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HomeACG 2021index/list_13472_1Obesity Interventions Tied to Colon Cancer Risk Reduction

Obesity Interventions Tied to Colon Cancer Risk Reduction

People with obesity may be able to reduce their risk of colorectal cancer with weight loss surgery or medication, researchers say.

“We need to have conversations with our patients in the clinic and educate them that they have these resources available,” said Aakash Desai, MD, a hospitalist at MetroHealth Medical Center in Cleveland, Ohio, in an interview with Medscape Medical News.

Desai and colleagues found that sleeve gastrectomy and four medications were associated with a reduced risk of colorectal cancer but Roux-en-Y gastrojejunostomy and orlistat were not.

Coauthor Zryan Shwani, MD, a gastroenterology fellow at Sibley Memorial Hospital in Washington, DC, presented the findings here at the American College of Gastroenterology (ACG) 2021 Annual Scientific Meeting.

Working with an underserved population with high rates of obesity in northeastern Ohio, the researchers wondered how surgery and medication could affect these patients.

They analyzed data from the IBM Explorys clinical database, which compiles and standardizes data from electronic medical records on about 74 million patients from more than 300 US hospitals. Consistent with previous studies, they determined that patients with obesity in the database were 2.5 times more likely than people with a healthy weight to be diagnosed with colorectal cancer (odds ratio [OR], 2.48; 95% CI, 2.45 – 2.51).

Zeroing in on people who had weight loss interventions, they included adults aged 18-75 years who had undergone either Roux-en-Y gastrojejunostomy or sleeve gastrectomy, or had taken the medications liraglutide, orlistat, phentermine/topiramate, bupropion/naltrexone, or lorcaserin.

They excluded patients with Lynch syndrome, intestinal polyposis syndrome, a family history of gastrointestinal malignancy, inflammatory bowel disease, or tobacco or alcohol abuse. Patients who had taken one of the weight loss medications and also had type 2 diabetes were excluded. They did not include patients who had undergone gastric banding because it has become less popular.

For the weight loss medication group, they found 117,730 patients who met their criteria. For the surgery group, 43,050 patients met the criteria.

In analyzing the colorectal cancer rates, they included only diagnoses of malignant neoplasms made 2 years after the interventions.

They compared these patients to a control group of 52,540 people matched in age, with a body mass index (BMI) greater than 30 kg/m2 who did not undergo weight loss surgery or take weight loss medication.

Among the 9370 patients who underwent Roux-en-Y gastrojejunostomy, 50 were diagnosed with colorectal cancer and 400 had benign polyps. Their rate of colorectal cancer was not statistically different from people who didn’t have surgery (OR, 1.09; 95% CI, 0.82 – 1.43). The rate of benign polyps after Roux-en-Y gastrojejunostomy was greater (OR, 1.72; 95% CI, 1.55 – 1.90).

On the other hand, among the 33,680 patients who underwent sleeve gastrectomy, 50 were diagnosed with colorectal cancer, a lower rate than in the population who didn’t have surgery (OR, 0.30; 95% CI, 0.22 – 0.39). Their risk of benign polyps was also reduced (OR, 0.45; 95% CI, 0.40 – 0.50).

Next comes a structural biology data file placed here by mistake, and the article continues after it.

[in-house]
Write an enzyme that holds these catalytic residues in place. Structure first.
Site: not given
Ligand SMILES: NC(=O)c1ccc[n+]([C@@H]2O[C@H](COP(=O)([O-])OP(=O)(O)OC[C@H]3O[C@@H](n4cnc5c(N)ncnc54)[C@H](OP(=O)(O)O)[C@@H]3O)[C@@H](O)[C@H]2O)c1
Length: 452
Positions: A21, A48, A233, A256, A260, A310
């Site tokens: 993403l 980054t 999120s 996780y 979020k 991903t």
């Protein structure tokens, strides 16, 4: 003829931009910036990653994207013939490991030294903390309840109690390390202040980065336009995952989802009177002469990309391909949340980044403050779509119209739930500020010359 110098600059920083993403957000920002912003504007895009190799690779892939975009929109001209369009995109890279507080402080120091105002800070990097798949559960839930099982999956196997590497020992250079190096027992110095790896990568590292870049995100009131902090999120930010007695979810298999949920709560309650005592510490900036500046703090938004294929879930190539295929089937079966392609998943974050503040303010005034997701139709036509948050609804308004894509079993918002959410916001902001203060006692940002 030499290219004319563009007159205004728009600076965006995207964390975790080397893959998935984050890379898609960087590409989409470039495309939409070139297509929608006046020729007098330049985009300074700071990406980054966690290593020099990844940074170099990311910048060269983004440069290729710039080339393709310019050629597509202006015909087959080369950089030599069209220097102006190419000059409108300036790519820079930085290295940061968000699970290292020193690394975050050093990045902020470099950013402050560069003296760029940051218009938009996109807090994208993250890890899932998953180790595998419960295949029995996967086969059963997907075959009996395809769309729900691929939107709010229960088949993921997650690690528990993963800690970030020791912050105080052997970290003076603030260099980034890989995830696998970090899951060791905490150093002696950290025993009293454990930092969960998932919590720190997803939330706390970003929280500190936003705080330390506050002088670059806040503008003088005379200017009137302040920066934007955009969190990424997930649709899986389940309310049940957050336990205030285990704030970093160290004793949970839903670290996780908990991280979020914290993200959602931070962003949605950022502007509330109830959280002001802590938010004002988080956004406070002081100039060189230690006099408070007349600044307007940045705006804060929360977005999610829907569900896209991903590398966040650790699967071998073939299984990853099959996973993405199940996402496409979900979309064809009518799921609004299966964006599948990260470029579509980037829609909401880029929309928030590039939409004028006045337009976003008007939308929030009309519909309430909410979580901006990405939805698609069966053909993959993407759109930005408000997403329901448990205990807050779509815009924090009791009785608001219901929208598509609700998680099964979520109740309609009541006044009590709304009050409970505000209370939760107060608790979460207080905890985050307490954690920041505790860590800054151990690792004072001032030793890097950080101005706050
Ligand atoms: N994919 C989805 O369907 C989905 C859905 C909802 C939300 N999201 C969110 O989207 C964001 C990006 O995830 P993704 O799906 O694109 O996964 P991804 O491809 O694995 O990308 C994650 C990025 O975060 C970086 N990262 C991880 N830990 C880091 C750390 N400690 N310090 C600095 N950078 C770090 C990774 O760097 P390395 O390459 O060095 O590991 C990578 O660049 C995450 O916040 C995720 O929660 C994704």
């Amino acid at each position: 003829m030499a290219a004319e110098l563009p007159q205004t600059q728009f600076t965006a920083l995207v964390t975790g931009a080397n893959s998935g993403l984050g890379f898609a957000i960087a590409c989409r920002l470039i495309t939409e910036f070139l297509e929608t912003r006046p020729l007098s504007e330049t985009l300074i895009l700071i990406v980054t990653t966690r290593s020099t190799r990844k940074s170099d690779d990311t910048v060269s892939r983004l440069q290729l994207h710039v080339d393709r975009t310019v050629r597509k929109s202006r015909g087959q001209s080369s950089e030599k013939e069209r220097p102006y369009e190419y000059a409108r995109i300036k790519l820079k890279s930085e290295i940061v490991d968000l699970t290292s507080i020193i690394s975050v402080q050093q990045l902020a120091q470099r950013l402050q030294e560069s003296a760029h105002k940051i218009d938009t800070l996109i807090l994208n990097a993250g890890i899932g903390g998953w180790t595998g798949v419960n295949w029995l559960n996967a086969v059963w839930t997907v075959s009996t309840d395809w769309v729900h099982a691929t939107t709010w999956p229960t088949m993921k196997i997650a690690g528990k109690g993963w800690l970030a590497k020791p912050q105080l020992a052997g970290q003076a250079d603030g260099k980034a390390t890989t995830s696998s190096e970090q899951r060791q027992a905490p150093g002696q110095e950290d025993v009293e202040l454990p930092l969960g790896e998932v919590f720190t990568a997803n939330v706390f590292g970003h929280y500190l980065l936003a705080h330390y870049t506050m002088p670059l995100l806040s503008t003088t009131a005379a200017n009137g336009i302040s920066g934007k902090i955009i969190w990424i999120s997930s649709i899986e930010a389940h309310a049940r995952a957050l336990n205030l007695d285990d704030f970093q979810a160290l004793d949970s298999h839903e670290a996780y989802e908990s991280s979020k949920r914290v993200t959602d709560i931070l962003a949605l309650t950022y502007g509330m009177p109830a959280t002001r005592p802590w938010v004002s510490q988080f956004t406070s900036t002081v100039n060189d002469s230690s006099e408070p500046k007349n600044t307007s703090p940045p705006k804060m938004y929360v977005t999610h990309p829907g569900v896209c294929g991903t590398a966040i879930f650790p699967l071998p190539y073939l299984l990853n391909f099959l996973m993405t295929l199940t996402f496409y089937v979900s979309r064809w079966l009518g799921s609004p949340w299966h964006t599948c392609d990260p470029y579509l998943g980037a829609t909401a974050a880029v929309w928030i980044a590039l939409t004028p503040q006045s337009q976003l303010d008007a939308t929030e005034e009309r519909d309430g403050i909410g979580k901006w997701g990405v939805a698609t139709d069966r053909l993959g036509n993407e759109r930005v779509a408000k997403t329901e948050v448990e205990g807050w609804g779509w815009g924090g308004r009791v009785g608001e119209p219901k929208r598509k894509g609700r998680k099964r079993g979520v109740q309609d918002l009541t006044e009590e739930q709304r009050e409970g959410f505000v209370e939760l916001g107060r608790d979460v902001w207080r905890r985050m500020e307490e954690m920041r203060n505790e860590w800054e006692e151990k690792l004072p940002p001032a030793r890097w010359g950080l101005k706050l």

All of the medications were significantly associated with a lower risk of colorectal cancer, except orlistat (OR, 0.94; 95% CI, 0.72 – 1.25).

The finding on Roux-en-Y gastrojejunostomy agreed with studies from England and Nordic countries showing double the risk of colorectal cancer in those patients but conflicted with a French study showing decreased risk, Shwani said.

While the study doesn’t establish a reason why Roux-en-Y gastrojejunostomy was less beneficial, other researchers have associated the procedure with biomarkers of inflammation, Shwani said. “It’s inconsistent, and I don’t think we have a clear answer why.”

As a retrospective analysis, the study could not establish a cause-and-effect relationship between surgery or medication and cancer, or adjust for such factors as diet, exercise, or genes, he acknowledged.

Colorectal cancer is just one outcome to consider when deciding whether to undergo weight loss surgery or take weight loss drugs, said session moderator Mohammad Yaghoobi, MD, an associate professor of medicine at McMaster University in Hamilton, Ontario, Canada.

“The most important outcome that should be investigated is the survival of the patients after obesity surgery,” he told Medscape Medical News. “The second would be the quality of life of those patients. Colon cancer is preventable if you are having regular colonoscopies.”

Other studies have not shown much difference between patients who have weight loss surgery and those who don’t, he added.

The study was funded by Merck. Desai and Shwani have reported receiving grant funding from Merck. Yaghoobi has reported no relevant financial relationships.

ACG 2021 Annual Meeting. Abstract #18. Presented October 25, 2021.

Laird Harrison writes about science, health, and culture. His work has appeared in national magazines, in newspapers, on public radio, and on websites. He is at work on a novel about alternate realities in physics. Harrison teaches writing at the Writers Grotto. Visit him at or follow him on Twitter: @LairdH

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